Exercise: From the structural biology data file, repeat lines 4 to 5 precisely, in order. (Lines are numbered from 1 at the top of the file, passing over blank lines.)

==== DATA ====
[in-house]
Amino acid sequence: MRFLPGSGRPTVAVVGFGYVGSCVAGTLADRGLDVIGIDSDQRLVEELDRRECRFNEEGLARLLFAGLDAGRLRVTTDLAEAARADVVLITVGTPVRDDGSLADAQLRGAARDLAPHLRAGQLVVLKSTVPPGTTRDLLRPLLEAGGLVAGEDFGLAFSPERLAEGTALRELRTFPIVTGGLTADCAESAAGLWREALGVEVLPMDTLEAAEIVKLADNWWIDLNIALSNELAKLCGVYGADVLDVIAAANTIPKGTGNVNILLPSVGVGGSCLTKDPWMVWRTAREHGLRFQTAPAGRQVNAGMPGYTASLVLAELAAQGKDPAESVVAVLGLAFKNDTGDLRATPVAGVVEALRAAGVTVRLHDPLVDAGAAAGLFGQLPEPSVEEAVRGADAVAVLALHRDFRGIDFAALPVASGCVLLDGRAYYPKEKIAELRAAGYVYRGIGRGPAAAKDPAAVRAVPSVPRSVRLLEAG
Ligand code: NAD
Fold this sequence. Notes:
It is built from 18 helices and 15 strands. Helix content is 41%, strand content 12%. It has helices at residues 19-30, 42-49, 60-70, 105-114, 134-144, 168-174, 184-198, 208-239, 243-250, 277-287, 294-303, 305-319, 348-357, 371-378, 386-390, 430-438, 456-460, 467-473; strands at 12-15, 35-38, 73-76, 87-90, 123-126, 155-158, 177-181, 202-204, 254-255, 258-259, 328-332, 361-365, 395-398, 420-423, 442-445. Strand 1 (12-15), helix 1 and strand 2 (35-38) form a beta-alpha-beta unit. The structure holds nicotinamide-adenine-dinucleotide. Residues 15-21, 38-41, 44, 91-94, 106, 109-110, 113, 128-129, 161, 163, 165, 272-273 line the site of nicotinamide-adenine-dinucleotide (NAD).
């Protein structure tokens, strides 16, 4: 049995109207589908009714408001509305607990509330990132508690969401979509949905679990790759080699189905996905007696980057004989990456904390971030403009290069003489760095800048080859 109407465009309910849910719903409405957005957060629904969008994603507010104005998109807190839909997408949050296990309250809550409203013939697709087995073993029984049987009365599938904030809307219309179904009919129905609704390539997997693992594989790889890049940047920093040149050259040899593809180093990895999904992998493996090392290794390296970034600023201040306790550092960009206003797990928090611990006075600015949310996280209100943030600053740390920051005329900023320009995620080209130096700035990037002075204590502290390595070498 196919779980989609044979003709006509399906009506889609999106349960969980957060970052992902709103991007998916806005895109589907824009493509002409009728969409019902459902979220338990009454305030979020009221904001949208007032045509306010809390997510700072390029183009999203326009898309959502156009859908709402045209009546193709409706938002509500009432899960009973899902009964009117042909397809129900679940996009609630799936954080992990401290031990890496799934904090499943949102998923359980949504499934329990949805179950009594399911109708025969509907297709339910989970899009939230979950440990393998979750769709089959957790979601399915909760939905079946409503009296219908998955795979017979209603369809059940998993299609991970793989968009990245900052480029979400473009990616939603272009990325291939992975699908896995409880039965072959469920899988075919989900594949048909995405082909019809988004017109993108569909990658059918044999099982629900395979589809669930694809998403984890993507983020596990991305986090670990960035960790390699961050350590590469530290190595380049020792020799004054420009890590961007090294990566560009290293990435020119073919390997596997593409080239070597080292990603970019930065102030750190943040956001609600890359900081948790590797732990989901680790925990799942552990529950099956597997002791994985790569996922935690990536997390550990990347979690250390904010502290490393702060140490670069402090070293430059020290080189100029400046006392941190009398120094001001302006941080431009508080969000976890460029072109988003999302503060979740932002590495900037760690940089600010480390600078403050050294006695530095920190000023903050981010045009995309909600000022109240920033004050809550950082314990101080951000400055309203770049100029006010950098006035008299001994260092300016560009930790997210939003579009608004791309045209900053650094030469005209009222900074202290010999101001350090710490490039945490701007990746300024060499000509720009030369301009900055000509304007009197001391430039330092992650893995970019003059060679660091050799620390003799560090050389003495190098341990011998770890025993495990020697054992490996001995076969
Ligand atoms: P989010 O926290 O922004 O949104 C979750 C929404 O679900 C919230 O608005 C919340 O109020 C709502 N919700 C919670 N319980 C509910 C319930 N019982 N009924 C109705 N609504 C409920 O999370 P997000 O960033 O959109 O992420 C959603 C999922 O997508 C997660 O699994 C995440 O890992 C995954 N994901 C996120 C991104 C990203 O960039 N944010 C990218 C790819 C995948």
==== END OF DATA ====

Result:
Fold this sequence. Notes:
It is built from 18 helices and 15 strands. Helix content is 41%, strand content 12%. It has helices at residues 19-30, 42-49, 60-70, 105-114, 134-144, 168-174, 184-198, 208-239, 243-250, 277-287, 294-303, 305-319, 348-357, 371-378, 386-390, 430-438, 456-460, 467-473; strands at 12-15, 35-38, 73-76, 87-90, 123-126, 155-158, 177-181, 202-204, 254-255, 258-259, 328-332, 361-365, 395-398, 420-423, 442-445. Strand 1 (12-15), helix 1 and strand 2 (35-38) form a beta-alpha-beta unit. The structure holds nicotinamide-adenine-dinucleotide. Residues 15-21, 38-41, 44, 91-94, 106, 109-110, 113, 128-129, 161, 163, 165, 272-273 line the site of nicotinamide-adenine-dinucleotide (NAD).